Their negative impacts on the environment are obvious: the energy and resources used to produce them; the difficulty with dealing with them once they become refuse; and the visual impact they can have when plastic bags often end up as litter. This new law brings England into line with the rest of the UK, with the Government predicting up to an 80% reduction in the use of plastic bags in our supermarkets.
Importantly, the five pence charge is not a Government tax. The proceeds are retained by the supermarkets with the Government simply encouraging them to put this money towards good causes. The only stipulation appears to be that the supermarkets have to state on an annual basis what they have chosen to do with the money, presumably to coerce them into doing something positive with the cash or else risk being named and shamed.
Another way of looking at this levy is that, pre-October 2014, if you happened to buy something in a supermarket but didn’t require any carrier bags (perhaps you brought your own) then you were essentially subsidising everybody else’s free bags. Although it may only be a very small amount, every purchase in a supermarket needed to include a sum to cover the cost of free carrier bags, and this would apply whether you wanted one or not. Put in these terms, it seems a little unfair that someone who had the fore-thought to take their own bags should be forced to subsidise those who didn’t. At least this is no longer the case.
So what does this have to do with transport? Well, according to a 2007 study, 86% of people drive to the supermarket, which means that the other 14% are using some other mode (Shopping Miles, Future Foundation, March 2007). Many supermarkets provide car parking to their customers for free, even though a significant cost is involved. In 2012, London Councils published research that estimated the cost of a car parking pace at between £300 and £500 per year (The relevance of parking in the success of urban centres, London Councils, October 2012). So, just like carrier bags, people are unknowingly subsidising car use. And, just like with carrier bags, the downsides of free parking, and the driving it encourages, are quite clear, including: increased air pollution; decreased physical activity; and a blighted urban fabric.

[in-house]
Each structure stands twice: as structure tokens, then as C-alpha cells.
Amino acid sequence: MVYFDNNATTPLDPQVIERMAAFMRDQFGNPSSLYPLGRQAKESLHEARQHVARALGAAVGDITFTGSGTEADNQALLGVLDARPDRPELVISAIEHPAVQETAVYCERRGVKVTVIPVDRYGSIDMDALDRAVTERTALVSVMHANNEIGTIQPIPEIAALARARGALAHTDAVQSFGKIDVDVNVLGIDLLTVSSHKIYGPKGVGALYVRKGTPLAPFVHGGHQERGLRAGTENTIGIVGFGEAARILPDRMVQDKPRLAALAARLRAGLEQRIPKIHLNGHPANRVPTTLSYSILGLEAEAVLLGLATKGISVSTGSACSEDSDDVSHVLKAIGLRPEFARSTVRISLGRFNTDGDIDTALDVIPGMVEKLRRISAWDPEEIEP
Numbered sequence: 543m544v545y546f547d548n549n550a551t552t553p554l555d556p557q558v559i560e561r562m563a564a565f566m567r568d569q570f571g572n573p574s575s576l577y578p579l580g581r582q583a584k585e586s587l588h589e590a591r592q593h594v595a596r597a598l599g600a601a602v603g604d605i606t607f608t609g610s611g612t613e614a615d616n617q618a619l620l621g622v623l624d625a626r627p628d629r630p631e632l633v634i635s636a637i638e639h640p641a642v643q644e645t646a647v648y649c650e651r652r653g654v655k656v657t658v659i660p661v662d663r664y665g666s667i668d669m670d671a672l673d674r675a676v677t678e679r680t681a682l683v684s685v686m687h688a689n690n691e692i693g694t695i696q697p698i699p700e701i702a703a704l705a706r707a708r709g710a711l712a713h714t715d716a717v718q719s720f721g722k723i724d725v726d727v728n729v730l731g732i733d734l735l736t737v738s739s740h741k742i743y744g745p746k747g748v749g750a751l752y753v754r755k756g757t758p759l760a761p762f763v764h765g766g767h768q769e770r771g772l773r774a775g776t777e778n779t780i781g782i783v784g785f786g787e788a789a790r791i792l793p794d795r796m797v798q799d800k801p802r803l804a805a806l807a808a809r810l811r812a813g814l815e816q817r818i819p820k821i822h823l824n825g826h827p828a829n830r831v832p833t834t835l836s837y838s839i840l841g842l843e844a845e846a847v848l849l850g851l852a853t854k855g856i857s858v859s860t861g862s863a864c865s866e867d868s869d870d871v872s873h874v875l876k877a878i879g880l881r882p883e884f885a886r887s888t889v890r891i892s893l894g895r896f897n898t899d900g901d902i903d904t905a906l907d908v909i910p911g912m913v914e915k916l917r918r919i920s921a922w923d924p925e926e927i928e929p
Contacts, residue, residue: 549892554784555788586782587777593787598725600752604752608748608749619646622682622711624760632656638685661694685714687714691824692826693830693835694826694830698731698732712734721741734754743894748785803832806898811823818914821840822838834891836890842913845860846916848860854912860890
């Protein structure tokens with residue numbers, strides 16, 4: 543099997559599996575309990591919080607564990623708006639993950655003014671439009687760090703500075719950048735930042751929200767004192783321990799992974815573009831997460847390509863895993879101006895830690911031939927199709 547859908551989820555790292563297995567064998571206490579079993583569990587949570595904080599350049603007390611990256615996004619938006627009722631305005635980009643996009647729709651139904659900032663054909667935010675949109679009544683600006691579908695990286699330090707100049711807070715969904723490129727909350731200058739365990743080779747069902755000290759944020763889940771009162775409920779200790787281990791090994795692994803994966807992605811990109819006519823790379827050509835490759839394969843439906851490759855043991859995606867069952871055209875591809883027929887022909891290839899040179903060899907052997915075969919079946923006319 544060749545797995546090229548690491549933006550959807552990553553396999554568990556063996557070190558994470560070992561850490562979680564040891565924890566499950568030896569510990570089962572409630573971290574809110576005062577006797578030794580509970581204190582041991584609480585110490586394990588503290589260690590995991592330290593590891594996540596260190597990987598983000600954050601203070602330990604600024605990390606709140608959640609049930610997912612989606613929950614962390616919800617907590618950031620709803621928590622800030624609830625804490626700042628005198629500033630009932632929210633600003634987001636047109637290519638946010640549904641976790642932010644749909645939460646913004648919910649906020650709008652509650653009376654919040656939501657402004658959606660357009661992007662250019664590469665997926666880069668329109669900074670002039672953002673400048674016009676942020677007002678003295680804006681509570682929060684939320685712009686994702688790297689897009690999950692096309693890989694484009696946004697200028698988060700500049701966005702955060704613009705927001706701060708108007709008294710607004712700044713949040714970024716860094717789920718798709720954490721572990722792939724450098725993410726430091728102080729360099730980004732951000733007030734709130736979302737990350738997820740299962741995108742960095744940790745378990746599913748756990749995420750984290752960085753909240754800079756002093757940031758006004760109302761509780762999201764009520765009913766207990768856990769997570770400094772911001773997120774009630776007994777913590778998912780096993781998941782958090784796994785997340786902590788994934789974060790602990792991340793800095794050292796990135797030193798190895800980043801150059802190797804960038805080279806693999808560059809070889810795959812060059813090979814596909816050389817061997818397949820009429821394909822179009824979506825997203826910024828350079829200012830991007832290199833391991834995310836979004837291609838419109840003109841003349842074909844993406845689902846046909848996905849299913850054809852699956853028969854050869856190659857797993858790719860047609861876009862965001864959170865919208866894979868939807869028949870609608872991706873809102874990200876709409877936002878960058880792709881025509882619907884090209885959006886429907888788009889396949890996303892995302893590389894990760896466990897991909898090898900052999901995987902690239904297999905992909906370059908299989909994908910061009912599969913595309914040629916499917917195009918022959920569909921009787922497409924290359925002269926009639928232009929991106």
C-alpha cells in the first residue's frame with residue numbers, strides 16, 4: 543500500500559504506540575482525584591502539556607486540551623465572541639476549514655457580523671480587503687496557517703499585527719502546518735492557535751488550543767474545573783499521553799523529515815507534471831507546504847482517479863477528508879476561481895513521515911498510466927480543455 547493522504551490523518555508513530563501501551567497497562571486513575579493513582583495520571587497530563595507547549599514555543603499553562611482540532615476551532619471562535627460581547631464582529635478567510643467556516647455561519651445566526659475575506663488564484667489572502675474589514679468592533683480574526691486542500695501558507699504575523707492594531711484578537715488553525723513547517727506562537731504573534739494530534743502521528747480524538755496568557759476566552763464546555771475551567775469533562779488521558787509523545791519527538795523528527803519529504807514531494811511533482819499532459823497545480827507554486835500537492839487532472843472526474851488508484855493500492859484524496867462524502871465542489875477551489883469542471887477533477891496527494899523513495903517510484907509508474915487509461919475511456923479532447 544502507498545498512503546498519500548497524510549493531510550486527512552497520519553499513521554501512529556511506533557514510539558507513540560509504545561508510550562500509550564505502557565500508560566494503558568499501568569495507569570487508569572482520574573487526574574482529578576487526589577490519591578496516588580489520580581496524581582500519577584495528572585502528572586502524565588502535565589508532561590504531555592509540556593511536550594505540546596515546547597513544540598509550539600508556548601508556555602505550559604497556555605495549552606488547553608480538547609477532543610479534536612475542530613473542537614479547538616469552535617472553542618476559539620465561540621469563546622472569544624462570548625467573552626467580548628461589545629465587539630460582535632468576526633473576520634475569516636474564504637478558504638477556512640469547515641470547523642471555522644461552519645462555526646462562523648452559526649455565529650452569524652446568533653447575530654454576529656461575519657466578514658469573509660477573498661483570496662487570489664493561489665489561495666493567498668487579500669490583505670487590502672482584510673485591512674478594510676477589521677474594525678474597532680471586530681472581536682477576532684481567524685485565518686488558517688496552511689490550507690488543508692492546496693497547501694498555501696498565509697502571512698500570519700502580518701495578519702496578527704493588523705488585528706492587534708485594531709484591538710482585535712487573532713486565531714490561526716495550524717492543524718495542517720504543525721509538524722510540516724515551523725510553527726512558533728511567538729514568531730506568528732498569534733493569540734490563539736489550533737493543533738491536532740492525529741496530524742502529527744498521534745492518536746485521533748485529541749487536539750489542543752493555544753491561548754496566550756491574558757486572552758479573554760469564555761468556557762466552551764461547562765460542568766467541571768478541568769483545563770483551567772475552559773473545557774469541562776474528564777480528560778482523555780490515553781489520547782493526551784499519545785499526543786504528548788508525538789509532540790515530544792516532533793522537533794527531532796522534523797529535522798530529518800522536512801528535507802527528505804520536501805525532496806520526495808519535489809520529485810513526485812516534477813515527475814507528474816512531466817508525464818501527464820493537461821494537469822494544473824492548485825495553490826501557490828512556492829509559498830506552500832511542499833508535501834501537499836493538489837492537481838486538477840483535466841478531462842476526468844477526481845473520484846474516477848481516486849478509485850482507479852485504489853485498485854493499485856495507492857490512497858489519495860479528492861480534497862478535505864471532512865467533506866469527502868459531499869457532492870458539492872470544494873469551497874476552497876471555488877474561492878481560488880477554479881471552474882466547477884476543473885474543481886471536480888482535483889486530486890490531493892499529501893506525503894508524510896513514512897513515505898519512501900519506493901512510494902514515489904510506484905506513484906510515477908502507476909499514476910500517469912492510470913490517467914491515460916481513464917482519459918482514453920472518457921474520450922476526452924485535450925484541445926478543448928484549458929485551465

So is it time that the Government forced supermarkets to introduce a new charge? One that applies to those who choose to drive to supermarkets? This would help to discourage unnecessary car use, highlight the real costs of car parking, and remove the unfair, hidden costs applied to those who arrive by other modes. Again, the levy wouldn’t need to be a Government tax, with the proceeds retained by the supermarkets who could be encouraged to put them to good use. This could include improving walking and cycling routes as well as better public transport links to supermarkets. Or even used more widely, for safer routes to schools or improved town centre accessibility.
While such a levy may not prove to be a vote winner, it would at least raise the profile of the issue and help to encourage people to re-evaluate their travel choices.